High blood lead levels in recreational indoor-shooters
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Recreational shooting in indoor firing ranges is very popular in Germany. Lead-containing ammunition is still in use. Therefore we checked the blood lead levels (BLL) from 129 subjects doing several types of shooting disciplines.
In total, BLLs of 129 shooters (nine female) from 11 different shooting ranges with a mean age of 49 years were measured. The blood samples were taken after the volunteers had given written informed consent. Determination of lead was carried out by graphite furnace atomic absorption (GF-AAS) under strict internal and external quality control schemes.
While individuals shooting only with airguns (n = 20) showed a median BLL of 33 μg/l (range 18–127 μg/l), those who were also users of .22 lr weapons (n = 15) turned out to have a median of 87 μg/l (range 14–172 μg/l). Shooters of .22 lr and large calibre handguns (9 mm or larger) (n = 51) had median 107 μg/l (range 27–375 μg/l) and those only using large calibre handguns (n = 32) had median 100 μg/l (range 28–326 μg/l). The IPSC-group (n = 11) had the highest median with 192 μg/l (range 32–521 μg/l).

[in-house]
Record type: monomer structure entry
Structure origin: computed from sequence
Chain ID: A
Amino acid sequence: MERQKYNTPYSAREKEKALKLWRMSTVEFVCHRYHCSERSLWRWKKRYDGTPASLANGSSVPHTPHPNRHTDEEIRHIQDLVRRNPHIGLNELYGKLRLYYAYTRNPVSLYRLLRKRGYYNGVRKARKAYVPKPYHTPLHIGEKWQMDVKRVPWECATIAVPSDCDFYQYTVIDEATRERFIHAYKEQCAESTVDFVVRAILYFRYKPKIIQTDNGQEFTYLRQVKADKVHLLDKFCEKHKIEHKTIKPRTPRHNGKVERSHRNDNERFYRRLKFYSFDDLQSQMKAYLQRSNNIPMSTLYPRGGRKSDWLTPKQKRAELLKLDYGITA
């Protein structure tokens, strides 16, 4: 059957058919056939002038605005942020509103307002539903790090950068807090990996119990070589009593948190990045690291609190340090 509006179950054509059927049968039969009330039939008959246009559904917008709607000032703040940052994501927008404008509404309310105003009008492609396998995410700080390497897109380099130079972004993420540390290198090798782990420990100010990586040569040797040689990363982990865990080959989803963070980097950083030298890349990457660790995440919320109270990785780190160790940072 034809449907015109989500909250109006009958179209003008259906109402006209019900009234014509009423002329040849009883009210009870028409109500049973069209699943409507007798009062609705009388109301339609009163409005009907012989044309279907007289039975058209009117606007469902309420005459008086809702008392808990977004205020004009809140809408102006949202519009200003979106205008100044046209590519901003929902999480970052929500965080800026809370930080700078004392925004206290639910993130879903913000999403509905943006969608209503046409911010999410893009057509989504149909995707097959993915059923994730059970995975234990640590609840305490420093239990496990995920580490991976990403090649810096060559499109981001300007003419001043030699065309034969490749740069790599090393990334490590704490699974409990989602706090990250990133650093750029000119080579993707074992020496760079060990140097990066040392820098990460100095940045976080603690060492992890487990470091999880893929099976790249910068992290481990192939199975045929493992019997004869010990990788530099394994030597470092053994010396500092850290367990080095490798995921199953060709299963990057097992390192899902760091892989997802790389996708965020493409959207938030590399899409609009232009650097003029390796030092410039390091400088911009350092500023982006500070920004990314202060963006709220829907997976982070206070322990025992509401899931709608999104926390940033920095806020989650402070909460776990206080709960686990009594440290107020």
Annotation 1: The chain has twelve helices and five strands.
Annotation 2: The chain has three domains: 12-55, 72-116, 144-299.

Our results show clearly that many shooters have high blood levels; some of them are still exceeding threshold limit values (TLVs) for lead exposed workers. Especially for younger women there is a high potential risk if they become pregnant. So there is a clear need for improving the situation whether by use of lead-free ammunition or by better ventilation systems.
KeywordsLead Blood Indoor Shooting range
We wish to thank the Bavarian shooting association (BSSB e.V.), participating shooting clubs and all the shooters who were involved in this study. We thank Stefan Gröbmair for excellent blood lead analyses. We also thank Dr. Simon Ogston, University of Dundee, for checking the English grammar. Data published here are part of the doctoral thesis of Matthias Demmeler at LMU.
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